Peyton Manning's Accuser Did Call Incident "Sexual Assault"
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New Documents Reveal that Peyton Manning’s Accuser DID Call the Incident a “Sexual Assault” Back in 1996 (Pics)

by: Esteban On  Tuesday, February 23, 2016

peyton manning sex scandal

Ever since the 20-year-old sexual misconduct allegations against Peyton Manning were brought back into the light, Manning’s defenders have pointed out that the story of his accuser, Dr. Jamie Naughright, was inconsistent.

In 1996, they point out, Naughright signed a document that read, “he pulled his pants down and exposed himself to me, as I was bent over examining his foot, after asking me personal questions.” However, in her 2002 libel and defamation lawsuit against Manning, filed after he spoke about the incident in his book, Naughright called the incident a sexual assault and said that Manning’s butt and genitals touched her face.

However, a new document has come to light that suggests Naughtright was not as inconsistent as it may seem.

Three hours after the February 1996 incident, Naughtright called the Knoxville sexual assault crisis center hotline. ESPN’s Outside the Lines went through the thousands of pages of court documents that were part of the 2002 defamation case and found the original report filed by the person who took Naughright’s call that night. In two separate places the document classifies the incident as “sexual assault.”

Take a look:

knoxville crisis center jamie naughtright peyton manning asault allegation 2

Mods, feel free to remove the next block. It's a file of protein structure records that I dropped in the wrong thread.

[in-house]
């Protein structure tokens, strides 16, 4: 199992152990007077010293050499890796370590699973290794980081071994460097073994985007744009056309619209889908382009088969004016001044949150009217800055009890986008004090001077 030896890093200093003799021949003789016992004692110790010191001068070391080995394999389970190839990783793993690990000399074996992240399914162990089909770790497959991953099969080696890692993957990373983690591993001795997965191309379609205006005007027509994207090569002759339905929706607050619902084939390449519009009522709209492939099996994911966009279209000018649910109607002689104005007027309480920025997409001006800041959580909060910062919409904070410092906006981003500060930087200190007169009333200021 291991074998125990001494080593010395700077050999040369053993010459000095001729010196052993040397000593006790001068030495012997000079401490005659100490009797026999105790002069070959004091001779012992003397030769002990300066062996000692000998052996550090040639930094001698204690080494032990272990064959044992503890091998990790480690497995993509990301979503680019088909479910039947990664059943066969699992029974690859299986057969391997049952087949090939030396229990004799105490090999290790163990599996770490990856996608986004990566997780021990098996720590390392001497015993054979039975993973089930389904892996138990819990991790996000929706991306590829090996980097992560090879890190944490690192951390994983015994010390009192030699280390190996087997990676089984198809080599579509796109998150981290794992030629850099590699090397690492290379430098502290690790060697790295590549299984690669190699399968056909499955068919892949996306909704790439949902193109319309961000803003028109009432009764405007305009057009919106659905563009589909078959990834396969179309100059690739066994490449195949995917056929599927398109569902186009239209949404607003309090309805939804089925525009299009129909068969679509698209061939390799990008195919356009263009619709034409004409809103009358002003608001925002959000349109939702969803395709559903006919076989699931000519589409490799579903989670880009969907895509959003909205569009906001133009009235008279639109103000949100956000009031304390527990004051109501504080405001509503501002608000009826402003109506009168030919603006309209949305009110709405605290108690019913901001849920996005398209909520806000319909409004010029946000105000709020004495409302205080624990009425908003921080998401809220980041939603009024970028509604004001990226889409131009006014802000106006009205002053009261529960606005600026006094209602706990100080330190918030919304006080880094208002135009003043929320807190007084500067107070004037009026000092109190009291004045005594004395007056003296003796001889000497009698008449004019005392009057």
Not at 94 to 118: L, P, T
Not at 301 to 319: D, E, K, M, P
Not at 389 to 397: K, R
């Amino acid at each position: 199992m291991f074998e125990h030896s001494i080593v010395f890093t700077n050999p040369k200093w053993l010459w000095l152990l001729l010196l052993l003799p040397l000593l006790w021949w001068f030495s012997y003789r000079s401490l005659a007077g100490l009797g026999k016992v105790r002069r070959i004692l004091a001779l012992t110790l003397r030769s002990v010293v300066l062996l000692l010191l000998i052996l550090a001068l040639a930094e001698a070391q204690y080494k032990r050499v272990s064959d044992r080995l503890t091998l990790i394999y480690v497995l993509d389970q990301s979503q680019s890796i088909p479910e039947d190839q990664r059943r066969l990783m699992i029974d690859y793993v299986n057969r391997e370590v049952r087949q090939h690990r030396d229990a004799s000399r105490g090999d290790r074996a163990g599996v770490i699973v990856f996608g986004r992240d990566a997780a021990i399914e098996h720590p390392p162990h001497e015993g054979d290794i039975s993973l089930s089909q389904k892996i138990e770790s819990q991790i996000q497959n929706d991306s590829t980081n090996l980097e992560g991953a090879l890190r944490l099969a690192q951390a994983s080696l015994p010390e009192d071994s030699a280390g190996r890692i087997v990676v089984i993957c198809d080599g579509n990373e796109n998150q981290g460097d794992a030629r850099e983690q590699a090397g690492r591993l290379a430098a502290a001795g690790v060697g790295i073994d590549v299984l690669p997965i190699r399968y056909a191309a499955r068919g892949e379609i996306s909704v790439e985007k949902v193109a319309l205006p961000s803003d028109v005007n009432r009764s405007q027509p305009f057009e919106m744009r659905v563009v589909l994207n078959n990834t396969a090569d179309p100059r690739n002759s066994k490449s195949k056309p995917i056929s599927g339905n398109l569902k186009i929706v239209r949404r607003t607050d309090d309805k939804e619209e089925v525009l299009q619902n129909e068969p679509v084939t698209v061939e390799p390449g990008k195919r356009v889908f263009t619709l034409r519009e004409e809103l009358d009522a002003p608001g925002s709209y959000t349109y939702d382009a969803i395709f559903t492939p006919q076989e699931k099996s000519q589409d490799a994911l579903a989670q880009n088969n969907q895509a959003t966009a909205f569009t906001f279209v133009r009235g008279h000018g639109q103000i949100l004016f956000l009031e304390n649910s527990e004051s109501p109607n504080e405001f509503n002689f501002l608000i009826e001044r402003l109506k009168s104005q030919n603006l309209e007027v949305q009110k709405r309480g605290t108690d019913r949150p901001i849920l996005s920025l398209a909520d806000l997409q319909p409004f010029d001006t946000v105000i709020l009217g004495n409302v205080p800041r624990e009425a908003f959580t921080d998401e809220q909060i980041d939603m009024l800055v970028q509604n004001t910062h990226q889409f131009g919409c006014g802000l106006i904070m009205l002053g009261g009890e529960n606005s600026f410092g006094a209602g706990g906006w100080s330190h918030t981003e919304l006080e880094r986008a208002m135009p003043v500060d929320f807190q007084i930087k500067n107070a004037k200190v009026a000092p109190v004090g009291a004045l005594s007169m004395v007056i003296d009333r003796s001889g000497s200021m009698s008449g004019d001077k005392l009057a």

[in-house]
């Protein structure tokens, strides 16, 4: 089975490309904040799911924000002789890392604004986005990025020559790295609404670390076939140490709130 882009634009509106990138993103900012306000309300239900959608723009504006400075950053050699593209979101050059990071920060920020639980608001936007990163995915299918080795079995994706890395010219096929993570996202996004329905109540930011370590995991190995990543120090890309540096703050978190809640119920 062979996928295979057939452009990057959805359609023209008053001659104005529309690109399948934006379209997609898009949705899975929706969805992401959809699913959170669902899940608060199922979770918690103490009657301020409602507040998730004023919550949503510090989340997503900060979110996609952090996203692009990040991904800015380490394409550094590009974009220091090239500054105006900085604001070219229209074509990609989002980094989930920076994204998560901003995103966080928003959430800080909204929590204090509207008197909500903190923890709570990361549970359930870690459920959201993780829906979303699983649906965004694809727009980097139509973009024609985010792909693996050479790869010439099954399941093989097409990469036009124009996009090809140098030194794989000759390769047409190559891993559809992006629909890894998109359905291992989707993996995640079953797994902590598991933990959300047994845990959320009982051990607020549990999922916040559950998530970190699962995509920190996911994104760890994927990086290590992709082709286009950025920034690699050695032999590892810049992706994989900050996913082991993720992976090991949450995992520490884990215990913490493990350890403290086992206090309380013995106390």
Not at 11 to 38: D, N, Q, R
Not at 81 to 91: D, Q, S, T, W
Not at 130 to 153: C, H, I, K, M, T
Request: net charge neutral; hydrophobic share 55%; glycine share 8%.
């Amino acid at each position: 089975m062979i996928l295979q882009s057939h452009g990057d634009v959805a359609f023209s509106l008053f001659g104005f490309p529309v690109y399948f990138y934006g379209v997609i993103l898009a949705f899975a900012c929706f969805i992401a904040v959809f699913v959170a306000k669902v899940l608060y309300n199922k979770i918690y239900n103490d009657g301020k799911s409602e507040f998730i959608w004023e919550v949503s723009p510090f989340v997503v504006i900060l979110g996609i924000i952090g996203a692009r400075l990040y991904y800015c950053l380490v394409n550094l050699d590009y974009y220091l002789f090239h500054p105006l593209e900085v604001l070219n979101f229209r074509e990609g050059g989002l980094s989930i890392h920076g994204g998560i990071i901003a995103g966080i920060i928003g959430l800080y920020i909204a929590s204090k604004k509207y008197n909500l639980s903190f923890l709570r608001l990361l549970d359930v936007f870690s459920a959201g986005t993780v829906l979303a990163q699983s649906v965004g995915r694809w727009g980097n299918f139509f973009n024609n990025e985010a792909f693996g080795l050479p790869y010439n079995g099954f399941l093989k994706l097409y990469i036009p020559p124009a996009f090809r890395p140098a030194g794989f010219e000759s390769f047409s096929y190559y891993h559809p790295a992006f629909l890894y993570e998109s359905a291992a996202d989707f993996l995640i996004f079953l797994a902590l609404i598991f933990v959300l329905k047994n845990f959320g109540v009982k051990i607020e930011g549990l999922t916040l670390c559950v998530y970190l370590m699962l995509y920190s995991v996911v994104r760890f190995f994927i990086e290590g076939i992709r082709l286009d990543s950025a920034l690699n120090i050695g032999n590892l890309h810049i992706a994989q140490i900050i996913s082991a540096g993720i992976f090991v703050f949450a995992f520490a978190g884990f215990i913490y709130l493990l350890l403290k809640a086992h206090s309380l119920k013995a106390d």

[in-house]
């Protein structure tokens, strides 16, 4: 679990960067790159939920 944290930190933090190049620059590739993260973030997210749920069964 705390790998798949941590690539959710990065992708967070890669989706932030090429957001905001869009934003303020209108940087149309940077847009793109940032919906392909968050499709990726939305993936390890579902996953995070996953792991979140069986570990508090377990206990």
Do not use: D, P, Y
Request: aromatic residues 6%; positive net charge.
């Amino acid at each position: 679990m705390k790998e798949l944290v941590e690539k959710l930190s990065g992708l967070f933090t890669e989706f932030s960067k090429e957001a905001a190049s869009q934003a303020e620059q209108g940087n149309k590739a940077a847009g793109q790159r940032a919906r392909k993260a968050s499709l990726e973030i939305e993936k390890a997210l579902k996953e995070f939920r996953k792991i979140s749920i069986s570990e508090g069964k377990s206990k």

On the back of the form were hand-written notes about the call:

knoxville crisis center jamie naughtright peyton manning asault allegation 2

Unfortunately, as you can see, Naughtright did not give specific details about the incident. Thus, the report cannot officially corroborate the story she told in 2002. However, whatever happened, it’s clear is that Naughtright did consider it an “assault.”

Of course, this still won’t placate those who don’t want to believe that Peyton Manning would have done something like this. They’ll insist that the only document that matters is the one Naughtright signed six months later that simply said Manning “exposed himself” to her.

Unfortunately, when you combine the contents of this document with the testimony of Naughtright’s boss, Mike Rollo, as well as statements from Malcolm Saxon, who witnessed the incident, it is pretty clear that this was more than playful mooning.

Rollo said in his deposition for the 2002 defamation case that Naughtright normally just rolled with the hyper-masculine horseplay, and that on at least two other occasions she had witness athletes mooning each other and not expressed any offense. “That’s what struck me as so bizarre about this whole situation,” he explained. “That she was distraught, she was upset, and it seemed unusual.”

As for Saxon, he was the athlete Manning claimed he was mooning. And while he was never deposed for the 2002 case, he did submit an affidavit disputing Manning’s claim and saying that both he and Naughright were “shocked” by the incident. He also wrote a personal letter to Manning saying he “messed up,” that what he did was “inappropriate,” and that “coming clean” would be the right thing to do.

“You have shown no mercy or grace to this lady who was on her knees seeing if you had a stress fracture,” Saxon said in the letter. “You might as well maintain some dignity and admit to what happened. Your celebrity doesn’t mean that you can treat folks this way.”

But hey, no, Peyton didn’t do anything, right?

Hat Tip – [ESPN]



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